Trees have been revered throughout history for their beauty, strength, and symbolic meanings. In many cultures, trees are seen as gateways between the physical and spiritual worlds.
The ginkgo tree is a unique species of tree that has been around for millions of years, and it has a long history of symbolism and meaning attached to it.
Ginkgo tree is native to China and is one of the oldest living tree species in the world. It is often called a living fossil because it has remained unchanged for millions of years.
The ginkgo tree is a symbol of strength, endurance, and longevity in Chinese culture. In Japanese culture, the ginkgo tree is a symbol of peace and hope.
The leaves of the ginkgo tree are used in traditional Chinese medicine. They are believed to have numerous health benefits, including improved circulation and cognitive function.
The ginkgo tree is also grown for its ornamental value. The beautiful leaves turn yellow in autumn, making the ginkgo tree a popular choice for gardens and public parks.
Ginkgo tree symbolism has been essential in many cultures and religions throughout history so we will explore its meaning and significance in more detail below.
Primaeval life force
In 1796, an English botanist named Smith attempted to change the ginkgo’s scientific name because he found it unattractive. He wanted to call it Salisburia adiantifolia instead, but fortunately, his proposal was rejected by other scientists.
About Ginkgo Trees
Ginkgo biloba, also known as the maidenhair tree, is the only living species of its family and genus.
It evolved without any close relatives but is often mistaken for a conifer due to certain similarities. This prehistoric plant managed to survive extinction and can now be found in limited areas of eastern China.
The ginkgo tree is a deciduous, resinous tree that usually grows to be around 120 feet (36 meters) tall. Its leaves are fan-shaped and grow in clusters on long stalks.
The male flowers look like catkins, while the female flowers consist of rarely more than two ovules on a long stalk.
Usually only one of these matures into the plum-like fruit, which has a fleshy rind enclosing an edible white nut inside.
Although the seeds of the ginkgo biloba tree are commonly eaten in Asia, they should be handled with care. Some people may react to the oil found in the kernels, which can cause dermatitis.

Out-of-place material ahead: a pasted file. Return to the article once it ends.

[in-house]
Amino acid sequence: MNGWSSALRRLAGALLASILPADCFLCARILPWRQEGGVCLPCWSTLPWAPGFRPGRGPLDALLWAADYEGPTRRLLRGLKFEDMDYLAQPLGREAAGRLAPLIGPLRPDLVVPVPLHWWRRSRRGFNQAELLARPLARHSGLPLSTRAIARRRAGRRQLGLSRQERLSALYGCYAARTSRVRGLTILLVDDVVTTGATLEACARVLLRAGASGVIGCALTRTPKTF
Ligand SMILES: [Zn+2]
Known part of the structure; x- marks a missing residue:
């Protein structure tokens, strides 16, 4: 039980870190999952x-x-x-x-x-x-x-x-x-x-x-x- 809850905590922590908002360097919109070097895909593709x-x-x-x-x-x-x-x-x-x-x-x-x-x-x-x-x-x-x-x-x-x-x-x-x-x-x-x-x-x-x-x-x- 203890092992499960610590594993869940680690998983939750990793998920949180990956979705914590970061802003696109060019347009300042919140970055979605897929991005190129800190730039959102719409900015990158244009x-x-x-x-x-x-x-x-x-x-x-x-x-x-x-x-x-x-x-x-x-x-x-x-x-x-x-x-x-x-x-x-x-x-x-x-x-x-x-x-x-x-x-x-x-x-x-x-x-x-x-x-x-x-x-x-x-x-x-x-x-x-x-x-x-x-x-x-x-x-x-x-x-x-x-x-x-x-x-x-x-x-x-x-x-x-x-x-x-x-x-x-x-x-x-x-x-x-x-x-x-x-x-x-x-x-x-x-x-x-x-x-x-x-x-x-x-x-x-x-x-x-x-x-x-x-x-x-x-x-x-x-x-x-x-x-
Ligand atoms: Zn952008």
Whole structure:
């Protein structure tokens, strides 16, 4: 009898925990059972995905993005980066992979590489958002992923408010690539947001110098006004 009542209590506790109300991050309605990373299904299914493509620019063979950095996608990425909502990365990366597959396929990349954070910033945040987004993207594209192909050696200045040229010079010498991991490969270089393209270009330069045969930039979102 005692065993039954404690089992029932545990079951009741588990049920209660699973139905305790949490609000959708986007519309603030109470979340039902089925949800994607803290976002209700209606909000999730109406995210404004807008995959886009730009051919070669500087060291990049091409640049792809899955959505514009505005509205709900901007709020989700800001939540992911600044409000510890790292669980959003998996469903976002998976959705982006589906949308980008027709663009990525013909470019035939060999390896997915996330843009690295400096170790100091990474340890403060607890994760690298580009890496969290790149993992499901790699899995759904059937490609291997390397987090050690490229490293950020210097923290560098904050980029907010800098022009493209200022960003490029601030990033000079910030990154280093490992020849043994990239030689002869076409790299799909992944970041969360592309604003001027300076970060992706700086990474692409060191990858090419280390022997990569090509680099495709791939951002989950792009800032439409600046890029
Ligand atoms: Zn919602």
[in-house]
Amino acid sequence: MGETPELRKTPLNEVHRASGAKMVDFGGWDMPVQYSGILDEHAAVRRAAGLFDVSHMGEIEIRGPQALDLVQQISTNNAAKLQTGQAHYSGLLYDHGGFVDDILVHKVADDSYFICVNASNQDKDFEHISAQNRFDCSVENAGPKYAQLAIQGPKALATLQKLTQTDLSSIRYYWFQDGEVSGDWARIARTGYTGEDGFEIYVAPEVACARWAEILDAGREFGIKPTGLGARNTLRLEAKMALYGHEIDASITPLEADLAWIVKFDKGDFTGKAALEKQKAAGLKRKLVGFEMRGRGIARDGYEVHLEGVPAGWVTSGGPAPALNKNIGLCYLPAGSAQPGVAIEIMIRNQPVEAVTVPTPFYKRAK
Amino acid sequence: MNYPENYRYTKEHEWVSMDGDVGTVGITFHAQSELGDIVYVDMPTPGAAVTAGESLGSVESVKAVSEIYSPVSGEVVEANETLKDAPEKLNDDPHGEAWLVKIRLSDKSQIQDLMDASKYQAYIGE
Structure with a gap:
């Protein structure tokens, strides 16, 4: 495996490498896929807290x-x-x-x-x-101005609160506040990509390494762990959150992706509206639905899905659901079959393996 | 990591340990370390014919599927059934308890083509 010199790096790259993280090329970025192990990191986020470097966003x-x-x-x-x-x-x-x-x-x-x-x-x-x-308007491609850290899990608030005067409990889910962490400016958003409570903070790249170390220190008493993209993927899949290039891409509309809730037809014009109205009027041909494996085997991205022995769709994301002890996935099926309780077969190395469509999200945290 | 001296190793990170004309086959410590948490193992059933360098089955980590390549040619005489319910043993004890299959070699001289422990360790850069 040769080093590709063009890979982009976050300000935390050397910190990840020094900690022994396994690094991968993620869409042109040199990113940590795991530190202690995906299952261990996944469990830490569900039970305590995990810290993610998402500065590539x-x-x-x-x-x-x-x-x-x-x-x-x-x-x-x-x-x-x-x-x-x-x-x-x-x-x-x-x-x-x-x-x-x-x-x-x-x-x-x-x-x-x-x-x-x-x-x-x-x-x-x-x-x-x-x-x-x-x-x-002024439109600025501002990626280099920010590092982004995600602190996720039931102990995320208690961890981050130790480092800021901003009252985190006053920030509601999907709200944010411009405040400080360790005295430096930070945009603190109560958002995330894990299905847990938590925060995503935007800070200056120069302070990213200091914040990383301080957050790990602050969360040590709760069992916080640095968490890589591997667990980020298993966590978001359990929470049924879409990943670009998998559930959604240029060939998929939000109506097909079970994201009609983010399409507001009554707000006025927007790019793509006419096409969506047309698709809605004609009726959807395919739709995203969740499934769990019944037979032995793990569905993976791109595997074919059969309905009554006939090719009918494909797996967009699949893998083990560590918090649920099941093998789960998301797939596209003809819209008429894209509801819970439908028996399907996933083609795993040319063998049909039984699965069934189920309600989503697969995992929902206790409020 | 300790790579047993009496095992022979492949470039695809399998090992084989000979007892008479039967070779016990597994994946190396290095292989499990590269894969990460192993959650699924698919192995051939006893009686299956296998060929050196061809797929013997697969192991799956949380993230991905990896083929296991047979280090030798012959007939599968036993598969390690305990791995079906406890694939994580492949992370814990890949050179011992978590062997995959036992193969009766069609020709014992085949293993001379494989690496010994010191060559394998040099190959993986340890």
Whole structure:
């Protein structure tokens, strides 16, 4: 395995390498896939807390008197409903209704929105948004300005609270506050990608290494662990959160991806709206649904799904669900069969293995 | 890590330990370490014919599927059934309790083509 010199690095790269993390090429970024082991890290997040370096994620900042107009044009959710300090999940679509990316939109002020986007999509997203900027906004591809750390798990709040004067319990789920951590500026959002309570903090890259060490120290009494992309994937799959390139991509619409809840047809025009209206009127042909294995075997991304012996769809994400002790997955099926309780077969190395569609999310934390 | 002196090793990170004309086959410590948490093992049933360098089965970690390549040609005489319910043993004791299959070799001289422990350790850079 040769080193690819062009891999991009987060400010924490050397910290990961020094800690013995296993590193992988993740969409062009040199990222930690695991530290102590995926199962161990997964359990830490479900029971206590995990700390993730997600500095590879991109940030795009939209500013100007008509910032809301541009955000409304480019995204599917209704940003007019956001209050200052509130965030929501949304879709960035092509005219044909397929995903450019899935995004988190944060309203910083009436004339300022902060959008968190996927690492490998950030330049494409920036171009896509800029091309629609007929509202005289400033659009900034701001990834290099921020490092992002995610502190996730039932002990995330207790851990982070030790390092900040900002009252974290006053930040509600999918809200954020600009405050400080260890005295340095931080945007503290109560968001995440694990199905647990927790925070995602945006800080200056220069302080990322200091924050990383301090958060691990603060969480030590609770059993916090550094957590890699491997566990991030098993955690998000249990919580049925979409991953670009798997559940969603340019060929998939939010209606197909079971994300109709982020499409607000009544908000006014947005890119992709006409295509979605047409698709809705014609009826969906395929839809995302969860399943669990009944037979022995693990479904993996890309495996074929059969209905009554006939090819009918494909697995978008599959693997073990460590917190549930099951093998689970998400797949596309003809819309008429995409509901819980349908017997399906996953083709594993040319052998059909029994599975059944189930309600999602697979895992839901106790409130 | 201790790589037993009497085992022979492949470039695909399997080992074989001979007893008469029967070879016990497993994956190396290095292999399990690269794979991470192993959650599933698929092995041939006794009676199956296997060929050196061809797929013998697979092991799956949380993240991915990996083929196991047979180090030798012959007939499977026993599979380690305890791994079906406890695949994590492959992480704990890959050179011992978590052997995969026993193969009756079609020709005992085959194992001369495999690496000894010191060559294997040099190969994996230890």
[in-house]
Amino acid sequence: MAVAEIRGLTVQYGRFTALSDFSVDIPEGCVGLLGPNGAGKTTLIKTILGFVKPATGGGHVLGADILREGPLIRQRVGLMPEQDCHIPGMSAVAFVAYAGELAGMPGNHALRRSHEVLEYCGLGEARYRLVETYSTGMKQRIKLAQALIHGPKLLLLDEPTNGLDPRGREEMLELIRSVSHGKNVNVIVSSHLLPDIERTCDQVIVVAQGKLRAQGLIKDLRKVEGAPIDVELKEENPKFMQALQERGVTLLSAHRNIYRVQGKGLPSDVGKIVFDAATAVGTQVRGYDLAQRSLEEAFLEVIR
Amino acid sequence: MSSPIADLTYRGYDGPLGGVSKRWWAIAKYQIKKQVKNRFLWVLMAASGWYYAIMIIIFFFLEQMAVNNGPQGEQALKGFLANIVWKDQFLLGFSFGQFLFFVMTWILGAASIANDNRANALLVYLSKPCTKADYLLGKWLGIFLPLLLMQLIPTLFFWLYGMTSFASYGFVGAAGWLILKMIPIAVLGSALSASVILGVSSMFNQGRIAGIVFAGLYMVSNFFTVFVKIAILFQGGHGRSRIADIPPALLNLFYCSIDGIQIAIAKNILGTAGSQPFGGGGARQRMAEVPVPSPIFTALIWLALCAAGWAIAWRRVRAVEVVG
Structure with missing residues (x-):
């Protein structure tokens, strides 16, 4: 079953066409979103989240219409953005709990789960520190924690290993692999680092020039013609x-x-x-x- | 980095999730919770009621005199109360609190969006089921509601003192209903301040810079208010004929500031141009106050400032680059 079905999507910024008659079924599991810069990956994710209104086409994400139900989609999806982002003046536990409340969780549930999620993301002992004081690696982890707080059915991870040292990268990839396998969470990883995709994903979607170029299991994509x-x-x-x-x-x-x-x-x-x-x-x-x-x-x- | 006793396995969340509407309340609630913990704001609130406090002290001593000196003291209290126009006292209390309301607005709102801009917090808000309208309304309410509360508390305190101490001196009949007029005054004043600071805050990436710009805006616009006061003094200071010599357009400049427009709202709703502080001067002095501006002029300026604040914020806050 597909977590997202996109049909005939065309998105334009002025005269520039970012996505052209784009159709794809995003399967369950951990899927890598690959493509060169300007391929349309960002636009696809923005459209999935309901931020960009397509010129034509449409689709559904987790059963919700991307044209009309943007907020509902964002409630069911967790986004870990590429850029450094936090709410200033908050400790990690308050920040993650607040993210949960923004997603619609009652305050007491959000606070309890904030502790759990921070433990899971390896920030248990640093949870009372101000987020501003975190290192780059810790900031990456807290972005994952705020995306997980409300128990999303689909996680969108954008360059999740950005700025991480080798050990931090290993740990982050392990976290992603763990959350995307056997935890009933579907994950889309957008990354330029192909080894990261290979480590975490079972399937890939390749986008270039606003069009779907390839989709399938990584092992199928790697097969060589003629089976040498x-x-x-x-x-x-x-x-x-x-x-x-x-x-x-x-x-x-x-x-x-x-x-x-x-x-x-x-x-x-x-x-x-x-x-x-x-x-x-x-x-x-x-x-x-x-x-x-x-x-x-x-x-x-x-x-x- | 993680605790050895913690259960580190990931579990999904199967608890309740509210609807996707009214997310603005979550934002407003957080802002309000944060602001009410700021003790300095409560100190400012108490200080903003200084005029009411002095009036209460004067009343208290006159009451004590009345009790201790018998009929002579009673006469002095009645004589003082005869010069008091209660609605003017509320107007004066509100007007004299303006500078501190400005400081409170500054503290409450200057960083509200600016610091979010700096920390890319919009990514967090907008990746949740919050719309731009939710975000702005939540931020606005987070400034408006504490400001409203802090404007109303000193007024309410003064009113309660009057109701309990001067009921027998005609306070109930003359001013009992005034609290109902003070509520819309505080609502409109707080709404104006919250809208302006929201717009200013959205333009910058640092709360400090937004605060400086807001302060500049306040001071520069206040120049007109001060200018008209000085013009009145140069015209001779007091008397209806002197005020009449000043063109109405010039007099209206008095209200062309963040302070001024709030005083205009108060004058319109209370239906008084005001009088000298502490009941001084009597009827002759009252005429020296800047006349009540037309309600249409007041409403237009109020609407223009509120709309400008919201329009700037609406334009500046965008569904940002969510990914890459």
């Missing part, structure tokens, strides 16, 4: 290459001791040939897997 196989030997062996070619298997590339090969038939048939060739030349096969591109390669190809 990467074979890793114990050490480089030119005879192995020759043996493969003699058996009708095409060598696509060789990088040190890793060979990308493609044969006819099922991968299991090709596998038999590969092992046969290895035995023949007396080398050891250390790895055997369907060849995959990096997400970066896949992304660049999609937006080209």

Gingko seeds are mentioned in the “Great Herbal” by Li Shih-chen (1578) as a treatment for asthma, coughs and bladder problems. The seeds can be used raw to treat cancer or cooked to promote digestion.
In the West, ginkgo is now a popular remedy for its effects on the circulatory system. It is useful where circulation is sluggish, memory and concentration are poor, in some types of migraines and Alzheimer’s disease.
The Ancient Chinese were quite creative in their naming of the ginkgo plant, calling it ya chio, which means “duck foot” because of the leaves’ curious shape.
Folklore, Myth and Symbol of Ginkgo Trees
The ginkgo tree is a sacred symbol in eastern Asia, often planted near religious temples.
The ginkgo has been a food source since at least the second century BCE. Its roasted nuts were especially rare and precious delicacies that royal palaces in China received as tribute from southeastern provinces.
One notable prince, Li Wen-ho, had some ginkgo trees transplanted near his residence during the first half of the 11th century but didn’t live to see them bear fruit; instead, he presented the king with their maiden bowl of golden fruits when he was quite old himself.
The ginkgo tree was given the name Yin Hsing (Xing), which means “Silver Apricot”, in the 11th century. It can take up to three human generations for this tree to mature fully, so it also came to be called kung sun shu or the “Grandfather–Grandchild Tree”. After the Yuan dynasty ended (c1279–1368), these trees became more widely cultivated throughout China and could often be found on temple grounds where many venerable specimens were preserved.
It is not precisely known when Buddhist monks first introduced the ginkgo tree to Korea and Japan, but many of the beautiful trees in Japan are thought to be over 1,000 years old.